Review: Free Remote-Access Tools for Windows and Mac

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DESKTRA Freedom Desktop 1.1

InfoWorld's Free RAS score: Fair

DESKTRA Freedom Desktop is a Windows-only utility that provides good remote access but is limited in functionality. Only available for 32-bit versions of Windows, DESKTRA's host component installs as a service and allows two users to access the same Windows PC at the same time without interrupting each other. While it does pass audio to the remote client, it does not provide remote printing capabilities or file transfers.

DESKTRA consumes minimal system resources on the host PC, even with a remote user connected. The three DESKTRA processes took only 14MB of RAM and almost no CPU time, even while actively browsing the host and playing back audio prompts. Remote resource usage was a bit heavier: about 20MB of RAM when connected but still almost no CPU usage. There was only a hint of latency when accessing my host, and screen refreshes were responsive over my remote link.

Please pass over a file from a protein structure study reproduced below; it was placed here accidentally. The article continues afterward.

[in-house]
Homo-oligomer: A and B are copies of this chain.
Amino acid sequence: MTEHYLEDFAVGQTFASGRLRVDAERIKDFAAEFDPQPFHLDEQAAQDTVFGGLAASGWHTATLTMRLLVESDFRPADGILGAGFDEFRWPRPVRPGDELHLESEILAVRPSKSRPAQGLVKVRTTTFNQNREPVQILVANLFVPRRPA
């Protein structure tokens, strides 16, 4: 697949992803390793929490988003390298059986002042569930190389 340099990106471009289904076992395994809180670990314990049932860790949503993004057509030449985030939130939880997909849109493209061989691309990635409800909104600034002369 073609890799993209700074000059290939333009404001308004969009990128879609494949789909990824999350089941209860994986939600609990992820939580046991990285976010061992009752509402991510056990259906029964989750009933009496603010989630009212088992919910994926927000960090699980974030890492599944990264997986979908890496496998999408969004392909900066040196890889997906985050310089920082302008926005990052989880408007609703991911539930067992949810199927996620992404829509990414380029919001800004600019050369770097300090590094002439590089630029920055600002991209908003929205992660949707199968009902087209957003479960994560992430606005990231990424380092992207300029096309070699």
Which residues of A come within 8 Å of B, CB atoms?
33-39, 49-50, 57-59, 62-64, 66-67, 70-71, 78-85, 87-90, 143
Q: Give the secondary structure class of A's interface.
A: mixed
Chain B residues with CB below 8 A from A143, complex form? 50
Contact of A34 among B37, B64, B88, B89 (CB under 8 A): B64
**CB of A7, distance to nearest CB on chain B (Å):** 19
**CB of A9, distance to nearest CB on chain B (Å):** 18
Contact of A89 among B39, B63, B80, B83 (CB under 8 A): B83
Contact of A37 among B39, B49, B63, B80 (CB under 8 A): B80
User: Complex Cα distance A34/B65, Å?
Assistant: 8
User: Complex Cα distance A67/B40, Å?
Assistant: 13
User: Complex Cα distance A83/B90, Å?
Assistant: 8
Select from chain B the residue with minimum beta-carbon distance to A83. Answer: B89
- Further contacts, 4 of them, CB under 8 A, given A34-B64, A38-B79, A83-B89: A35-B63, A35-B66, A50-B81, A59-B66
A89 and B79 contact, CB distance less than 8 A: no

The host component requires a quick install, but the client application is light and portable. During the host installation, the client is simply dropped to the desktop. All that is necessary is to copy this executable to the remote client and launch it. The client .EXE file is less than 2MB and can even run from a USB thumb drive.

One interesting aspect of DESKTRA: Unlike other remote-access utilities, DESKTRA doesn't give the remote user exclusive control over the host, but allows two users (or more) to work independently--in their own unique and isolated environment--on the same PC. When I connected to my remote PC, DESKTRA's host engine simply created a new session for me, so both a local user and a remote user had simultaneous access to the host. In this case, I was logged on locally to my Windows XP Pro host as administrator and connected remotely using my local user account.

The bad part is there is no remote printing or file transfer support in DESKTRA. Unless you connect to the host over a VPN (virtual private network) of some sort, where you can map drives and printers back to your remote PC, you will not be able to do anything more than work on the remote PC. Also, DESKTRA is not what I call firewall friendly--it requires a couple of ports to be opened in order to pass traffic.

DESKTRA is unique in providing simultaneous access to the same PC to multiple users, so it could come in handy in certain scenarios. But it doesn't provide enough other features to warrant serious consideration as a personal remote-access solution. There are too many other tools available that are both firewall friendly and richer in features.

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